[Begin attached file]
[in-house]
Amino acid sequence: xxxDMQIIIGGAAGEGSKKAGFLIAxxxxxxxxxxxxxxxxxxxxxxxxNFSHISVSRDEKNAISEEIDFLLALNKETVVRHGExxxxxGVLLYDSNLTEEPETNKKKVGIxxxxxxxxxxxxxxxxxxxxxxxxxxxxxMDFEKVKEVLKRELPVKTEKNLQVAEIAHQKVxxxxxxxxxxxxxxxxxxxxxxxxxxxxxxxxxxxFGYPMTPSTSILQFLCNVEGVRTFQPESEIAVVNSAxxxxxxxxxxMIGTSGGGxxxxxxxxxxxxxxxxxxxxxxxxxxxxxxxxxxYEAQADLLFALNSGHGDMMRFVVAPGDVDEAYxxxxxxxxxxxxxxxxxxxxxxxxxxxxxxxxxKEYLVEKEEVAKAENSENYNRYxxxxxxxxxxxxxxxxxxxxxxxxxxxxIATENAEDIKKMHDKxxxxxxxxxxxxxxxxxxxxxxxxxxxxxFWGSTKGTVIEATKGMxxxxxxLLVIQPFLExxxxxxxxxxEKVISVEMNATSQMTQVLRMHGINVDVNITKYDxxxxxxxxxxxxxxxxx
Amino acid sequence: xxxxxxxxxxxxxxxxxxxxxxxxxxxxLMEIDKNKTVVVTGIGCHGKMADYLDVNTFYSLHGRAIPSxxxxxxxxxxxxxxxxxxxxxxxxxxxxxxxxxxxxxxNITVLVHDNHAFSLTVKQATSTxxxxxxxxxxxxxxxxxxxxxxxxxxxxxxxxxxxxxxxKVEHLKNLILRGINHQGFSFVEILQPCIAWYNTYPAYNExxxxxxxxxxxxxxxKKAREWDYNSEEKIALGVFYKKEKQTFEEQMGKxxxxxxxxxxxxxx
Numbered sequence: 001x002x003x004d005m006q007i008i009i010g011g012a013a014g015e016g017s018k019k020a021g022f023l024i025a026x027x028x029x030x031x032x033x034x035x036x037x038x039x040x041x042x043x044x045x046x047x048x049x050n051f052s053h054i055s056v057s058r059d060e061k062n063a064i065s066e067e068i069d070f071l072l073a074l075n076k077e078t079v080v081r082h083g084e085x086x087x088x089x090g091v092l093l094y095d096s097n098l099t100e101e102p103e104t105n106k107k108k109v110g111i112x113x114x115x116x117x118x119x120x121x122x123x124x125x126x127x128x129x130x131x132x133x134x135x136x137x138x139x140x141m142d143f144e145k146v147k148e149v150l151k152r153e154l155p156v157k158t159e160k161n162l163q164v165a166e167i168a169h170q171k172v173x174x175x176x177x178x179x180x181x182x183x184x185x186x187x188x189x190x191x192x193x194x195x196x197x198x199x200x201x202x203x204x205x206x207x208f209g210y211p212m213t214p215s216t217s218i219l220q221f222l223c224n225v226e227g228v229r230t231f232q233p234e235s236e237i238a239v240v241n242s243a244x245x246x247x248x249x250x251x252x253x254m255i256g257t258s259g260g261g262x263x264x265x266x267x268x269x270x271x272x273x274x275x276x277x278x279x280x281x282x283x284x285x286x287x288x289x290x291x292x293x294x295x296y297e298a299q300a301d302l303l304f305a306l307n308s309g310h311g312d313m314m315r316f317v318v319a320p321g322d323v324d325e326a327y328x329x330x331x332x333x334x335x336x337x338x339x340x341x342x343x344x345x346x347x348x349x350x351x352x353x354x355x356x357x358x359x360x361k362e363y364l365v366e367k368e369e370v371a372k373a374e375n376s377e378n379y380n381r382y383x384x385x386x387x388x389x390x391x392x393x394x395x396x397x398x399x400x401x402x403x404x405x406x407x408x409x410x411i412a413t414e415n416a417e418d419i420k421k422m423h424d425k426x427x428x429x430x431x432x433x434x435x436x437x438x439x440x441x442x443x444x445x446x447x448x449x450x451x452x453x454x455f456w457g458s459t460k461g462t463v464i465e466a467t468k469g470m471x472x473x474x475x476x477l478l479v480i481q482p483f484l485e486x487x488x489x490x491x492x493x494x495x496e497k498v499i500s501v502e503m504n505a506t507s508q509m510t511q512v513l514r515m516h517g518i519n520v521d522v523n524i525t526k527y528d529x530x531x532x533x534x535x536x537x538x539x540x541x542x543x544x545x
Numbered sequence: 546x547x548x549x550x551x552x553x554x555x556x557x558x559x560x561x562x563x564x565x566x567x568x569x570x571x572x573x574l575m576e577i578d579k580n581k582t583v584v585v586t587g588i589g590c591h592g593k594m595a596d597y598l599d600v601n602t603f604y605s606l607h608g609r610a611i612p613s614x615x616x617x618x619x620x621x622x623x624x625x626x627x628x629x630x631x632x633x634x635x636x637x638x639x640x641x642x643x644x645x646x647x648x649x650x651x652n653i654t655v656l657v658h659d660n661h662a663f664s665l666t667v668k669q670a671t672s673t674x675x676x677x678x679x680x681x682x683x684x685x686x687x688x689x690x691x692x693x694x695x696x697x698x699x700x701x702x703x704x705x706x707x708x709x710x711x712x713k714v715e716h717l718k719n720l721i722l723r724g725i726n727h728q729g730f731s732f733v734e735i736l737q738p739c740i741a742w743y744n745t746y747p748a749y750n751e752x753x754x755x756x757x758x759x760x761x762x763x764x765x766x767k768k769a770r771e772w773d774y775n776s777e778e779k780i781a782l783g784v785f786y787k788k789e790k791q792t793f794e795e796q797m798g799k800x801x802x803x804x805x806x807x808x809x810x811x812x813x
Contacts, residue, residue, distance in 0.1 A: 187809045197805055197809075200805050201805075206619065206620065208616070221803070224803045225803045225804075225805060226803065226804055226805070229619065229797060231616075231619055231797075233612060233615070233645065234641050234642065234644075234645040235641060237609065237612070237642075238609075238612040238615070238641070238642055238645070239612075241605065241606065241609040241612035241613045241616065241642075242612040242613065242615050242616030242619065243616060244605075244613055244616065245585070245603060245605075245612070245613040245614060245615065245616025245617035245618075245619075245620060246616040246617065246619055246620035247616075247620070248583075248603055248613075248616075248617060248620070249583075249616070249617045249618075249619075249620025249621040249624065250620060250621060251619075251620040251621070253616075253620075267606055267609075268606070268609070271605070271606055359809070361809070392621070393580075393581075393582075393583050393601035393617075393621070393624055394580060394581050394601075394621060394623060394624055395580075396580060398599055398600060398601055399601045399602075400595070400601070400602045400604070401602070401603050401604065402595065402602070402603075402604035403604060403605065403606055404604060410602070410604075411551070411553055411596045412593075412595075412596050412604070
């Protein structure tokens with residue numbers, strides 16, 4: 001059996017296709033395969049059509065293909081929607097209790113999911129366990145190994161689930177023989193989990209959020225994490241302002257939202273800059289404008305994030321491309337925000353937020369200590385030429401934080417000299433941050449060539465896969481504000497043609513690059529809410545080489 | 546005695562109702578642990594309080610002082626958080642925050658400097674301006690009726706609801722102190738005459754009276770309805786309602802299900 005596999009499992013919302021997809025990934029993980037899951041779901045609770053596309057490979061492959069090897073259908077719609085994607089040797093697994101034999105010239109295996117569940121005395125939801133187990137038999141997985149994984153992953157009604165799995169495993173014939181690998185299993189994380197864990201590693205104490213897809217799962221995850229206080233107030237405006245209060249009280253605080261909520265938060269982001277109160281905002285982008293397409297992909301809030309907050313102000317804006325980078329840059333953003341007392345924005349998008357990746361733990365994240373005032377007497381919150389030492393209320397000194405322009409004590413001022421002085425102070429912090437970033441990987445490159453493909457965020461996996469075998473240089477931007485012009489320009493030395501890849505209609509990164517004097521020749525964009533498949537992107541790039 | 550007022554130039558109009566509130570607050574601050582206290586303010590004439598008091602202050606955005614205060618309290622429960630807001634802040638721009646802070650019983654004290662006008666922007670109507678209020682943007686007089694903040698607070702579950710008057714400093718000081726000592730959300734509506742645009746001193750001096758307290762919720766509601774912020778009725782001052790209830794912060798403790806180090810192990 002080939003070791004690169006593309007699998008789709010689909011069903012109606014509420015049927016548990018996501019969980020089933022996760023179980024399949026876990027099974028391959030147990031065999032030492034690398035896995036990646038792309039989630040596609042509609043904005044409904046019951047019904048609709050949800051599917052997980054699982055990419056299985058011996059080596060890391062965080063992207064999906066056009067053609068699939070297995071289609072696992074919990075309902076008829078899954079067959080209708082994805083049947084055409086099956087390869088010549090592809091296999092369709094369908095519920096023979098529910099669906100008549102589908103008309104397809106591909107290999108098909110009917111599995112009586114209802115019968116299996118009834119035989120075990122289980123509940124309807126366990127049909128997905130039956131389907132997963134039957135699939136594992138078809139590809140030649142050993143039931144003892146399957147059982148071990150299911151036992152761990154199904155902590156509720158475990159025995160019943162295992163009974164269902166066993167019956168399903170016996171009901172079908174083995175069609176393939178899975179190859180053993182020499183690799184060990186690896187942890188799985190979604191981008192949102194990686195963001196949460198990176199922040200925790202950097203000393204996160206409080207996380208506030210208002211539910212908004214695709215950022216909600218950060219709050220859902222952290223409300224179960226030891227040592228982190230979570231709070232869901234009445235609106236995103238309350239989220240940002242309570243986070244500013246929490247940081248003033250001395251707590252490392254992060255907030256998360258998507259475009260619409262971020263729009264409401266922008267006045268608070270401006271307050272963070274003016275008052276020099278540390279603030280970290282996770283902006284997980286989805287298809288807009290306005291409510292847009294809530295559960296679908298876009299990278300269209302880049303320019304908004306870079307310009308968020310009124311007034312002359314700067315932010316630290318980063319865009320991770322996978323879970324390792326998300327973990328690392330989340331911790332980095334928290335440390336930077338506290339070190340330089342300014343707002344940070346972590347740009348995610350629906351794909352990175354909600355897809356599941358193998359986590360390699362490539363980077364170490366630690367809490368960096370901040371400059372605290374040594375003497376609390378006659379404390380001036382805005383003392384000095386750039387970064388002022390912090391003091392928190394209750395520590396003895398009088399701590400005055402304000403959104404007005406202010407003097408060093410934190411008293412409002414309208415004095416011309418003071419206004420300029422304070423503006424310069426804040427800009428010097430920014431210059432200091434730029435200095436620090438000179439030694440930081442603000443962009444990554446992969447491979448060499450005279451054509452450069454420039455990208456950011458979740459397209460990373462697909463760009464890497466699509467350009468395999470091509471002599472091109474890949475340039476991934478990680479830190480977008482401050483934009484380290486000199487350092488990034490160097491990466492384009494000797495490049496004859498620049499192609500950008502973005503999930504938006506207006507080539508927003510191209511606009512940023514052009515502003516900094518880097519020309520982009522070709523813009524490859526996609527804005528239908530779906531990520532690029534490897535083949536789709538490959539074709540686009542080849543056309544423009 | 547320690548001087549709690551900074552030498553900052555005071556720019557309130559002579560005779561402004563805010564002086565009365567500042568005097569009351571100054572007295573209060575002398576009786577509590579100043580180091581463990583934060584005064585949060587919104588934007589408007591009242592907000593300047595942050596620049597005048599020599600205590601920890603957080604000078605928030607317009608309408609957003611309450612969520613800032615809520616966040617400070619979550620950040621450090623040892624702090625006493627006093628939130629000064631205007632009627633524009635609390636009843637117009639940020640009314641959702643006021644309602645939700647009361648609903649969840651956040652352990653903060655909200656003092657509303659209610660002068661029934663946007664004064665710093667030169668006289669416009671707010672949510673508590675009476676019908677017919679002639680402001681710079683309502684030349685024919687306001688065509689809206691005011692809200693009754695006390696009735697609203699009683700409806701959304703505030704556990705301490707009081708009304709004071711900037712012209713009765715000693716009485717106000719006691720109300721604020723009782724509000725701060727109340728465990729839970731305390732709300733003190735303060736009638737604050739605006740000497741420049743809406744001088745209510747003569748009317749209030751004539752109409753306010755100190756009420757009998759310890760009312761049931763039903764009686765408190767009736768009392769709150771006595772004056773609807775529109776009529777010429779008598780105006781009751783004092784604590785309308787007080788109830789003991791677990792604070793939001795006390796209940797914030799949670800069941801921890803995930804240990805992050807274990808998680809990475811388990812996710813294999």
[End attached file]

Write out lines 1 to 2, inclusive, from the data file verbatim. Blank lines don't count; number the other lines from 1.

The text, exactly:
[in-house]
Amino acid sequence: xxxDMQIIIGGAAGEGSKKAGFLIAxxxxxxxxxxxxxxxxxxxxxxxxNFSHISVSRDEKNAISEEIDFLLALNKETVVRHGExxxxxGVLLYDSNLTEEPETNKKKVGIxxxxxxxxxxxxxxxxxxxxxxxxxxxxxMDFEKVKEVLKRELPVKTEKNLQVAEIAHQKVxxxxxxxxxxxxxxxxxxxxxxxxxxxxxxxxxxxFGYPMTPSTSILQFLCNVEGVRTFQPESEIAVVNSAxxxxxxxxxxMIGTSGGGxxxxxxxxxxxxxxxxxxxxxxxxxxxxxxxxxxYEAQADLLFALNSGHGDMMRFVVAPGDVDEAYxxxxxxxxxxxxxxxxxxxxxxxxxxxxxxxxxKEYLVEKEEVAKAENSENYNRYxxxxxxxxxxxxxxxxxxxxxxxxxxxxIATENAEDIKKMHDKxxxxxxxxxxxxxxxxxxxxxxxxxxxxxFWGSTKGTVIEATKGMxxxxxxLLVIQPFLExxxxxxxxxxEKVISVEMNATSQMTQVLRMHGINVDVNITKYDxxxxxxxxxxxxxxxxx